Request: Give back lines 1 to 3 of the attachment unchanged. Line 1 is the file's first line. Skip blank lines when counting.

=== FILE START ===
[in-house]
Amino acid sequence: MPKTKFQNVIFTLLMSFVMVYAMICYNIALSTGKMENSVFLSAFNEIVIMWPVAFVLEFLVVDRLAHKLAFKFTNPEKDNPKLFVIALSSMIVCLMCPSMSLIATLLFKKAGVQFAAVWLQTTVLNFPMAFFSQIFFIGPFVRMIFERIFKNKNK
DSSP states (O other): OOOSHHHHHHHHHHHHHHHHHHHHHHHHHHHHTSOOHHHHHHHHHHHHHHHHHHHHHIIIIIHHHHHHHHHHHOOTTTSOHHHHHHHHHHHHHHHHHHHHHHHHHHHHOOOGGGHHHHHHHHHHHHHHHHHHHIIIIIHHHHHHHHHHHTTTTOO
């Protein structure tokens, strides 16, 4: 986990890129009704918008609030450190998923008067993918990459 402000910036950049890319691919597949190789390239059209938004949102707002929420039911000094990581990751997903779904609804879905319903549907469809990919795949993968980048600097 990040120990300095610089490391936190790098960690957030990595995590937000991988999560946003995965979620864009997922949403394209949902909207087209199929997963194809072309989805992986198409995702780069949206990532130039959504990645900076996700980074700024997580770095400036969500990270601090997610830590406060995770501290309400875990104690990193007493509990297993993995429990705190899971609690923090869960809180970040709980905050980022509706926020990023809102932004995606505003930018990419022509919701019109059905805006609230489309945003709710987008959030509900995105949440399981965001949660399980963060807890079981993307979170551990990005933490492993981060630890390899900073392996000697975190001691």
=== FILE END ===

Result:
[in-house]
Amino acid sequence: MPKTKFQNVIFTLLMSFVMVYAMICYNIALSTGKMENSVFLSAFNEIVIMWPVAFVLEFLVVDRLAHKLAFKFTNPEKDNPKLFVIALSSMIVCLMCPSMSLIATLLFKKAGVQFAAVWLQTTVLNFPMAFFSQIFFIGPFVRMIFERIFKNKNK
DSSP states (O other): OOOSHHHHHHHHHHHHHHHHHHHHHHHHHHHHTSOOHHHHHHHHHHHHHHHHHHHHHIIIIIHHHHHHHHHHHOOTTTSOHHHHHHHHHHHHHHHHHHHHHHHHHHHHOOOGGGHHHHHHHHHHHHHHHHHHHIIIIIHHHHHHHHHHHTTTTOO